Robert Branca, Jr., is part of the Dunkin' Donuts family...seriously. Branca and his family own 60 Dunkin' Donuts in New England. But count his extended family, including in-laws, their siblings, spouses, children, and cousins, and they own more than 700 Dunkin' Donuts in all and dominate the brand throughout New York and New England.
The 48-year-old Branca is now looking at opportunities to expand west of the Mississippi. He's also developing an original concept "based on European tradition" that he'll grow through franchising.
Branca attributes the success of the family to the way in which they've leaned on each other. "There are huge resources among these franchisees. We have our own independent franchisee association with strong educational components and other assistance. Profitability for us with this concept has been good. If you do it properly, it works," he says.
How has the most recent economic cycle affected you, your employees, your customers?
We have invested in newly available systems that more closely and specifically manage costs to make us more nimble in response to rapidly changing environments. We have been through other downturns, but we didn't have the same software tools then that we do now. These new tools enable us to react more quickly than ever before. Gas prices seem to be the biggest impact factor for our customers.
Are you experiencing economic growth/recovery in your market?
We have been generally unaffected by the disruption in terms of sales, but increasing commodities costs have hurt our margins. Our absorbing the costs has largely been rewarded by our loyal guests with continued patronage and sales growth. We clearly communicate that we are part of the community and experience the same effects our guests do. We believe that this has resonated in the communities in which we do business.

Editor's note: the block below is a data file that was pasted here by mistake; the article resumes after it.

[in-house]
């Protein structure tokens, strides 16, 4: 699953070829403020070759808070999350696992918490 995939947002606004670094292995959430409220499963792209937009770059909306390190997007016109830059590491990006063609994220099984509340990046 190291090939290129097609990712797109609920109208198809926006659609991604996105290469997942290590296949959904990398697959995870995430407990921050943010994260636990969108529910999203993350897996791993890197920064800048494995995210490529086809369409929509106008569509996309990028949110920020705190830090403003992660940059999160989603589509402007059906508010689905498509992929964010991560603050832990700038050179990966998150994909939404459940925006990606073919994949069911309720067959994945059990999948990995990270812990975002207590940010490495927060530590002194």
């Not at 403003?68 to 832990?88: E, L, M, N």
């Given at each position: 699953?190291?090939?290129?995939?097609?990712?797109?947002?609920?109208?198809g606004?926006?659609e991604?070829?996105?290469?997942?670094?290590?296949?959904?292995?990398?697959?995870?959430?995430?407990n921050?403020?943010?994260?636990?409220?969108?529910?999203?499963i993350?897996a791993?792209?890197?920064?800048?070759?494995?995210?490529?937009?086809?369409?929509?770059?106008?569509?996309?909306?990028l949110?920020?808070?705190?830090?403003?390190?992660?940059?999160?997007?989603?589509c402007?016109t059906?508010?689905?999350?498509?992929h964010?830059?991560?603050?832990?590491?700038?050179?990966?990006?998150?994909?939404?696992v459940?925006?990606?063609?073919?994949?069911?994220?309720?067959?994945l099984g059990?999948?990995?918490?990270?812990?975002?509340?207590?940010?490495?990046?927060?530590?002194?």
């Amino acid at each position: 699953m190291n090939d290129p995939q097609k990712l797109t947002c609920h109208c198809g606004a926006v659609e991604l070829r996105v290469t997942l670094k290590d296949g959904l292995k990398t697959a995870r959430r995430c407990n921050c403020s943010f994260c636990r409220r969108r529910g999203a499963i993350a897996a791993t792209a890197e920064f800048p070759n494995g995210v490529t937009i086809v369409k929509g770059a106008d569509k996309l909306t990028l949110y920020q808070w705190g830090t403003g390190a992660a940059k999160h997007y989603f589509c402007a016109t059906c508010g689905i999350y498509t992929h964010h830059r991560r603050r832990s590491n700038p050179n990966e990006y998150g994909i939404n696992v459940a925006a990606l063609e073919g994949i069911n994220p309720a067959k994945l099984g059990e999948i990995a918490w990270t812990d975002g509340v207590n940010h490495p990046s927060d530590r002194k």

What did you change or do differently in today's economy that you plan to continue?
We worked with our franchisor to implement new tools--some theirs, some our own--to more nimbly react to the economic environment and to the new metrics on guest perceptions that we never had available before.
How do you forecast for your business in this economy?
We rely on our experience. My father-in-law has been in business for 40 years and his knowledge is helpful. We also have data on sales, weather patterns, seasonality, and software that helps us forecast how much to produce.
Where do you find capital for expansion?
We have nurtured lending relationships over the years. We also partnered with our banker, who left the bank to expand to Ohio with us. He can analyze the lending environment and shape focused, cost-saving credit proposals in ways that we could never achieve before.
Is capital getting easier to access? Why/why not?
Yes. The difficulties we encountered with excessive paperwork in 2009 have eased for the bank's more reliable customers.
Have you used private equity, local banks, national banks, other institutions? Why/why not?
We've used regional and national banks because of their predictability and consistency with requirements.
What kind of exit strategy do you have in place?
We generally require that we control our real estate and have tried to diversify our investments to businesses outside of our franchise enterprises. We're also looking at more growth.